When it comes to business and entertainment, China seems to be dictating American policy. Just as they govern their own nation with fear, American companies are succumbing to fear of the Dragon of the East. When given a choice, Americans are choosing profit over principle every time.
China has made a huge investment in Hollywood over the last several years. As a result, they have actively reshaped the plots and casting of many big budget movies. Sometimes the changes made headlines and other times it hasn’t. One of the earliest changes that I recall was the remake of Red Dawn.
In the original 1984 movie, troops from Cuba and Russia make a surprise attack on the United States and get bogged down in a protracted fight. A group of high school students wage a guerrilla war against the invader’s supply routes.
As Hollywood often does, they remade the movie in 2012. Since the Soviet Union had fallen decades before, they needed a new villain, an aggressor nation with the military might to take on the United States. The logical choice was China. However, a curious thing happened in the midst of post-production. The studio nixed the China thing and made the producers change the aggressor nation to North Korea.
Was China originally the country invading the USA?
From IMDB Red Dawn (2012)
Yes, the People’s Republic of China (PRC) was originally presented as the invading regime, but after pressure from the PRC government and studio concerns on how it could impact the international box office, the film was digitally altered in post-production to replace all the PRC flags, posters and dialogue with that of North Korea.
Since then, it has become commonplace to change scripts or edit movies in such a way to get distribution in China. Even Hollywood “tent pole” movies like the Avengers have been altered to make it marketable in China.
Such changes are just the tip of the proverbial spear.
Today, two more news stories about compromising to please China are in the headlines. First up, the National Basketball Association (NBA).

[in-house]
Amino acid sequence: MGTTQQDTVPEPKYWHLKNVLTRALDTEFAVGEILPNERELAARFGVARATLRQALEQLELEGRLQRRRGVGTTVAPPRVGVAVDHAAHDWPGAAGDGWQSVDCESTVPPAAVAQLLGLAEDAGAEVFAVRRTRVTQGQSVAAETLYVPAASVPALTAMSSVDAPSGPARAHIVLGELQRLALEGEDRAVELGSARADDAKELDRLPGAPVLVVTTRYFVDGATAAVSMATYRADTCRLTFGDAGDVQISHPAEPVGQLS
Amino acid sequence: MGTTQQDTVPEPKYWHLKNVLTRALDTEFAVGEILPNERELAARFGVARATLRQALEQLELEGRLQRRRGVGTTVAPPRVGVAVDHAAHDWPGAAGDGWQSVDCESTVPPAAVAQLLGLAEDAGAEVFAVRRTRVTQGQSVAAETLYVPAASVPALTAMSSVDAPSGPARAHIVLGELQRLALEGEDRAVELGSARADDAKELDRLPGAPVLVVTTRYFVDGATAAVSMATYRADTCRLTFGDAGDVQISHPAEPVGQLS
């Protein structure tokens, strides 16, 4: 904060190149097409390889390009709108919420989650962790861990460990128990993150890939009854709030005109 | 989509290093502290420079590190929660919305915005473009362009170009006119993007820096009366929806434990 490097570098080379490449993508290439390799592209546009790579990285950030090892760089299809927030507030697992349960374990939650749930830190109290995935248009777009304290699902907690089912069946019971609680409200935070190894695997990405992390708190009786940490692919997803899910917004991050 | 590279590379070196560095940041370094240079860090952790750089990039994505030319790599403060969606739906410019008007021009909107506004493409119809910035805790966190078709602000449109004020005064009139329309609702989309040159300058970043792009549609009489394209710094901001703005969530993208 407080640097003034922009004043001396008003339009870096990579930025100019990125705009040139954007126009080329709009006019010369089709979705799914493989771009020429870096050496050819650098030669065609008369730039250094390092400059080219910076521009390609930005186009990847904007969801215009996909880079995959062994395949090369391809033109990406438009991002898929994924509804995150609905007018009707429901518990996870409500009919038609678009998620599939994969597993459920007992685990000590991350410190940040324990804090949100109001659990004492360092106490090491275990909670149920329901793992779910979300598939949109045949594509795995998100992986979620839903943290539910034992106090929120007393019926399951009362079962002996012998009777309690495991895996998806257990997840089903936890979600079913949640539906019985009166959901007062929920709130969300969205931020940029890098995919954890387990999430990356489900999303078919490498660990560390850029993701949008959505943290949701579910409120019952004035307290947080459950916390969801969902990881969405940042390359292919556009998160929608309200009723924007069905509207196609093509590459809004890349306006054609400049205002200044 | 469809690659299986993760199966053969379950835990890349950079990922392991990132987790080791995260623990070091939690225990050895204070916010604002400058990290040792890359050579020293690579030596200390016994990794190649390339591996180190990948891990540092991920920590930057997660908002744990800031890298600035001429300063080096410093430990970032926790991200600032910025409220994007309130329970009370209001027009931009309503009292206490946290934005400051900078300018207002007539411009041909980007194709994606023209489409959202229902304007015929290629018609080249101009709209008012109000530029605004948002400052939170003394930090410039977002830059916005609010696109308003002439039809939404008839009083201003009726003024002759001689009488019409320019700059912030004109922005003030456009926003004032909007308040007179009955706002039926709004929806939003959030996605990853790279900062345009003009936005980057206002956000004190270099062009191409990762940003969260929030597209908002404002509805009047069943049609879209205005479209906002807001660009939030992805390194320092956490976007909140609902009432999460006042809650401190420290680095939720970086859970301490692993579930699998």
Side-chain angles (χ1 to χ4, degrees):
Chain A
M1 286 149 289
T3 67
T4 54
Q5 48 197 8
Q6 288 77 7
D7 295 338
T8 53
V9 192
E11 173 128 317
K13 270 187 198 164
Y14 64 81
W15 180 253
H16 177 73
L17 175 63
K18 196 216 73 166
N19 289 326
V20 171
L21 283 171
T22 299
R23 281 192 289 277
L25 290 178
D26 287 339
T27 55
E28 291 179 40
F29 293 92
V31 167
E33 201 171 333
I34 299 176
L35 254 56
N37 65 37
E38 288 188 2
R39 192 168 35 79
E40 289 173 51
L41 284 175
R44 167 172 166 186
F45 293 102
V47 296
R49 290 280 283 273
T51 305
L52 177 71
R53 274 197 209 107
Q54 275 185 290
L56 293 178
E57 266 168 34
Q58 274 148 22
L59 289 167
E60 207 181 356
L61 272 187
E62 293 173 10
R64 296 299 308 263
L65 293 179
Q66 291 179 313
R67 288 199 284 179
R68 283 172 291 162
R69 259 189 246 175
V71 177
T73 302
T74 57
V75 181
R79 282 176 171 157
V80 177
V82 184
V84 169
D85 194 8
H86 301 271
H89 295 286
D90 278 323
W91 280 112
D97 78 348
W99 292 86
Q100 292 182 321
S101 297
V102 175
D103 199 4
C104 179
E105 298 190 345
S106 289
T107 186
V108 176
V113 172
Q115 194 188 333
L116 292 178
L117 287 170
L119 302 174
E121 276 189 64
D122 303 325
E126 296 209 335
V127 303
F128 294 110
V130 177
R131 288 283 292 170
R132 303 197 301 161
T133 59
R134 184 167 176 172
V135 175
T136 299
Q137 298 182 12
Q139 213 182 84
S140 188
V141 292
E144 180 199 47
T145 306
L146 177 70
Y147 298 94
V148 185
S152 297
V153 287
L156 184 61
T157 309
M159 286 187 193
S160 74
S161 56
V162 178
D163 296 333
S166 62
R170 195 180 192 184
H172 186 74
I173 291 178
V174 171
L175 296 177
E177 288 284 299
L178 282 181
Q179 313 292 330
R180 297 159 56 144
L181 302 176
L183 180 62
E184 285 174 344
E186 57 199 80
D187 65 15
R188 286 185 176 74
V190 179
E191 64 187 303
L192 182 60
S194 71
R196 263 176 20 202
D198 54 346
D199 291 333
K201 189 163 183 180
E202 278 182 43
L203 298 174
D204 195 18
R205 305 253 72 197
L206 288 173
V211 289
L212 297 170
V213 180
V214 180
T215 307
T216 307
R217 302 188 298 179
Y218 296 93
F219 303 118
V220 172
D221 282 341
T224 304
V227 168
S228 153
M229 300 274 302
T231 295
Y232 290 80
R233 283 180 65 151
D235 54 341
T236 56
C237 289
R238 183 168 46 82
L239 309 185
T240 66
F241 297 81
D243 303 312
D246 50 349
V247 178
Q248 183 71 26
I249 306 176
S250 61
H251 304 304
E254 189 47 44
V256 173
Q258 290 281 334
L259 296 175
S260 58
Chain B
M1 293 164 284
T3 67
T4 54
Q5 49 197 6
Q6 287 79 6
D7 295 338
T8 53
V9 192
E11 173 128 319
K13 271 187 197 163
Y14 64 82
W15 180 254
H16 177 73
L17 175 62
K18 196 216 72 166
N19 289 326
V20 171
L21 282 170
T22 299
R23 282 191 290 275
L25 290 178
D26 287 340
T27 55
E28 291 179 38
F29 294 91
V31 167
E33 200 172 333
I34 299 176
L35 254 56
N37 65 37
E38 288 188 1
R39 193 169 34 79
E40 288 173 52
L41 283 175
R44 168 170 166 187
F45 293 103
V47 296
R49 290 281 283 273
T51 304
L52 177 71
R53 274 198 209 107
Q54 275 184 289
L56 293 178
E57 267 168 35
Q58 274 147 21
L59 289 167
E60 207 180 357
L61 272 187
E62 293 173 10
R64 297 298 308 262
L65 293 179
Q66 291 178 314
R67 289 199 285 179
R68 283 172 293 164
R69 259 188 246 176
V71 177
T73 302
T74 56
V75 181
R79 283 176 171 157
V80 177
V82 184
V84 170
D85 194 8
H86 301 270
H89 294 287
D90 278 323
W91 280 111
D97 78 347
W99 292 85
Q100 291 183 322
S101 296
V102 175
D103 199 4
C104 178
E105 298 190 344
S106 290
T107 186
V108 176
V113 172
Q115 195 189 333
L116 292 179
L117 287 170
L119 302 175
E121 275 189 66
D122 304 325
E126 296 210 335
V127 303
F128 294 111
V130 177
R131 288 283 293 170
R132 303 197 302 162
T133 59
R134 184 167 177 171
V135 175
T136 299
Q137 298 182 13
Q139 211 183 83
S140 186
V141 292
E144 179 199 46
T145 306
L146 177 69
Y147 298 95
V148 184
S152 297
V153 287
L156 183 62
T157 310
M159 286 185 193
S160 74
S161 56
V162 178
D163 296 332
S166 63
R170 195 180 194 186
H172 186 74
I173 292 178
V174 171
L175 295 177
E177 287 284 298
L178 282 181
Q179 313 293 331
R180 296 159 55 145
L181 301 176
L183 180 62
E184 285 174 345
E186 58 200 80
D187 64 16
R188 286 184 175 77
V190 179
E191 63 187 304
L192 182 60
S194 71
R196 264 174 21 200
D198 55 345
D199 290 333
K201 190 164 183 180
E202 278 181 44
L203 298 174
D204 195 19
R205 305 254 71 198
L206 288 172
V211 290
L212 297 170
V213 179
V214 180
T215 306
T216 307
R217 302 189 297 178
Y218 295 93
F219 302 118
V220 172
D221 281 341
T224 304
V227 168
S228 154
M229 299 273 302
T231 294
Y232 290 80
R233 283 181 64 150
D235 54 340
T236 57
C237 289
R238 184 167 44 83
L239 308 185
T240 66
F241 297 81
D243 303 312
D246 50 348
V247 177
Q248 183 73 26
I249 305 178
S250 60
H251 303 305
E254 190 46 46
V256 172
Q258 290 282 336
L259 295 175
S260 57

The headline from ultra-rightwing publication Rolling Stone says it all.
Daryl Morey did the right thing — at first.
In a Friday night tweet that he has since deleted, the Houston Rockets general manager expressed support for the legions of protesters who have taken to the streets of Hong Kong.
However, the problem for Morey is that the Chinese also love basketball. And thanks surely to the stardom of former Rockets great Yao Ming — now the head of the Chinese Basketball Association — Houston trailed only Golden State in popularity in the nation, per a recent survey. There appears to be too much money to be made in China for the NBA to stand up for human rights.
Yao himself responded to Morey’s tweet with condemnation, calling it “an inappropriate comment related to Hong Kong” and the CBA suspended its “exchanges and cooperation” with the Rockets. Chinese sportswear maker Li-Ning did the same, suspending its association with the team. The Chinese government also weighed in via its consulate, saying that it was “deeply shocked” by the tweet. The Rockets owner, Tilman Fertitta, quickly disowned Morey’s tweet:
Listen….@dmorey does NOT speak for the @HoustonRockets. Our presence in Tokyo is all about the promotion of the @NBA internationally and we are NOT a political organization. @espn https://t.co/yNyQFtwTTi
— Tilman Fertitta (@TilmanJFertitta) October 5, 2019
The Rockets and the NBA could have stood up for Morey, for decency, and for the protesters and their human rights.